Influence of Biotechnology on Food Safety

The influence of biotechnology on agriculture has already led to profound and revolutionary developments through genomics and transgenics and continues to transform agriculture. Whereas genomics seeks to understand and modify the chromosomal traits of a species, transgenics focuses on changing traits of an organism by transferring individual genes from one species to another. Estimates indicate that the world market for genetically modified (GM) plants will be $8 billion in 2005 and $25 billion by 2010. The number of countries growing transgenic crops commercially has increased from 1 in 1992 to 13 in 1999. Furthermore, between 1996 and 2000, the global area of agriculture devoted to growing transgenic crops increased by more than 25-fold, from 1.7 million hectares in 1996 to 44.2 million hectares in 2000. The United States, Canada, and Argentina grew approximately 98% of the total amount. Within transgenic plants, herbicide tolerance is the most common trait, accounting for 74% of all transgenic crops in 2000 (80).

Genetically modified crops can directly benefit the farmer by altering the inputs needed to produce a crop, such as herbicides or fertilizer. Other plants are designed to benefit the consumer when the end product expresses a desirable outcome, such as improved quality, nutritional content, or storability (81,82).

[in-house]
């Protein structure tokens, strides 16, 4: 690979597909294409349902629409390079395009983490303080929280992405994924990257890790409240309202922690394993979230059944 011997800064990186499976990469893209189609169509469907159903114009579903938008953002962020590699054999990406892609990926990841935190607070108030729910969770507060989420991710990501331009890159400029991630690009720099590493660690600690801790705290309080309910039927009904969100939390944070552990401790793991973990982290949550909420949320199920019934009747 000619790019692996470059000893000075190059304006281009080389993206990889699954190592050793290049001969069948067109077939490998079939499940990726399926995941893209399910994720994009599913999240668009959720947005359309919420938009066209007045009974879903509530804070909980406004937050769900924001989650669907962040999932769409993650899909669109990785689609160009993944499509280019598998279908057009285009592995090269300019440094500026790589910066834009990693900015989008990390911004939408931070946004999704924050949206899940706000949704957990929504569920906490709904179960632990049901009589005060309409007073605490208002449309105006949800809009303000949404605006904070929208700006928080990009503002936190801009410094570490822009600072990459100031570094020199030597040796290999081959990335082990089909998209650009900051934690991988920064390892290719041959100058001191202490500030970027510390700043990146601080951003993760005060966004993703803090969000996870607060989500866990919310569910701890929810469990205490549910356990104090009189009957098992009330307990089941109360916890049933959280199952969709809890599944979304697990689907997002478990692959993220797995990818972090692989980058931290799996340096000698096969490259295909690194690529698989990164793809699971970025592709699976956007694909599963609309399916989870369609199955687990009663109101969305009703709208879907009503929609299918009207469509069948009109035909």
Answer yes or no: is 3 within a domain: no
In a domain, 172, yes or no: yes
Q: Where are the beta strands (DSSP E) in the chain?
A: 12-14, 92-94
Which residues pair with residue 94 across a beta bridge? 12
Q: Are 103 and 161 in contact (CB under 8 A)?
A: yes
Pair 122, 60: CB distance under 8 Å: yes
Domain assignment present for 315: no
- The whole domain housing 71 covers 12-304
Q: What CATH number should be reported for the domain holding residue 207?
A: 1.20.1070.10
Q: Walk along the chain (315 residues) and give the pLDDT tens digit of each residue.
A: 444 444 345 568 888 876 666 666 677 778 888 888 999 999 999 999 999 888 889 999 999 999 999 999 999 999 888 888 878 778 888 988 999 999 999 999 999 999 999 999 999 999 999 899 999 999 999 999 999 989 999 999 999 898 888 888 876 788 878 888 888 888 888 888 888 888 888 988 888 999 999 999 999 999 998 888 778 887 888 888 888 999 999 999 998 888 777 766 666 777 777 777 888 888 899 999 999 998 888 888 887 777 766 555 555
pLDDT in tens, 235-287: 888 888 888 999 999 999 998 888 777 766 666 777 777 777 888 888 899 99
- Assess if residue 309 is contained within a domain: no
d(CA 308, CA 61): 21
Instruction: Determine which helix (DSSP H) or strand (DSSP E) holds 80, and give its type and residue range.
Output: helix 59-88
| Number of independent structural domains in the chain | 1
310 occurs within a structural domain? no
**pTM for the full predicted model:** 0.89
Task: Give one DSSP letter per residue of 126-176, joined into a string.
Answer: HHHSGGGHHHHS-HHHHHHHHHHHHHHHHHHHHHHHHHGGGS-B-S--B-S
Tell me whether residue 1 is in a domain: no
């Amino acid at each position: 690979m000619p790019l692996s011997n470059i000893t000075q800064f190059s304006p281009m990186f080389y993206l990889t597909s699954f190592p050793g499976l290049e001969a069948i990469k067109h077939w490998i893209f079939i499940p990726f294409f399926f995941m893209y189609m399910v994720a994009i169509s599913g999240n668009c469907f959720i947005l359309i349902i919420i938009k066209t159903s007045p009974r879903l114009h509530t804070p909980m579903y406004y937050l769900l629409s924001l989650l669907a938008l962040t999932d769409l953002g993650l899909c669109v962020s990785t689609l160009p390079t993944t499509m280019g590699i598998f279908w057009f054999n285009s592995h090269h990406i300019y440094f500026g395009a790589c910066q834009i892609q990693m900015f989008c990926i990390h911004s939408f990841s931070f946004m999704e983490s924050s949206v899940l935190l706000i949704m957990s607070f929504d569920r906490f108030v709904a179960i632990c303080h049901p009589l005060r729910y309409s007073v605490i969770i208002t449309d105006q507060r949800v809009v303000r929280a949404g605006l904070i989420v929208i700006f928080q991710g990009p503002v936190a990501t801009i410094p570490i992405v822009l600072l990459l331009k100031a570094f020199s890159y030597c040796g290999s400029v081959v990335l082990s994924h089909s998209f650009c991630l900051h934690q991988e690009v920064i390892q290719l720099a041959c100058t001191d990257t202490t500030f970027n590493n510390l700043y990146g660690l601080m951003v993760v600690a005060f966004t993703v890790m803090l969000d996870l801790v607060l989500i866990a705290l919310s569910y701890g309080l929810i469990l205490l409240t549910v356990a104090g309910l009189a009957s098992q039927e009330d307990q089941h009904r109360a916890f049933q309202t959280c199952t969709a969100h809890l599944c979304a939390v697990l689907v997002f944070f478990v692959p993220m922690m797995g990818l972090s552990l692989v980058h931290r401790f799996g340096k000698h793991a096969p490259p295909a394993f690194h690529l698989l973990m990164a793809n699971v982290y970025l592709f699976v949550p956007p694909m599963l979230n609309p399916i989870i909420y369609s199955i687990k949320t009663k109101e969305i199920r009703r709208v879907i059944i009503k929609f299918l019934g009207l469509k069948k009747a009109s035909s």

Examples of genetic engineering to benefit the farmer/grower include the following:

1. Glyphosate or round-up tolerant soybeans: A gene from another plant is introduced into the soybean plant, allowing farmers to spray the glyphosate herbicide and kill weeds without harming the genetically engineered (GE)-soybean plant.

2. Bt crops: Bacillus thuringiensis (Bt) is an aerobic, motile, gram-positive endospore-forming bacillus initially isolated in Japan and described by Berlinger in 1915 (80).

Bt has insecticidal activity from endotoxins included in crystals formed during sporulation, but vegetative insecticidal proteins (VIPs) from before sporulation are also being developed. The crystals of different strains of most Bts contain varying combinations of insecticidal crystal proteins (ICPs), and different ICPs are toxic to different groups of insects. To confer resistance to insects in specific plants, a gene from the Bt bacteria is introduced into corn, cotton, or other plant types. The plants then produce the same protein crystal that the bacteria produce that is toxic to many types of insects that would normally harm the plant, such as the European corn borer (80).

Two examples of genetic engineering to benefit the consumer include the following:

1. High-oleic soybeans: These contain less saturated fat than conventional soybeans, leading to consumer health benefits, lower processing costs, and longer shelf life for oil.

2. High-lauric canola: An inserted gene allows the plant to produce an oil composed of 40% lauric acid, a key ingredient in many soaps, detergents, lubricants, and cosmetics.

Similar applications are occurring in animal agriculture. These include the creation of a synthetic version of a naturally occurring hormone to boost milk production in dairy cows and development of low-phytate corn and other types of animal feeds that lead to the decrease of phosphorus in animal waste, leading to less pollution and lower cost of animal feeds (81).

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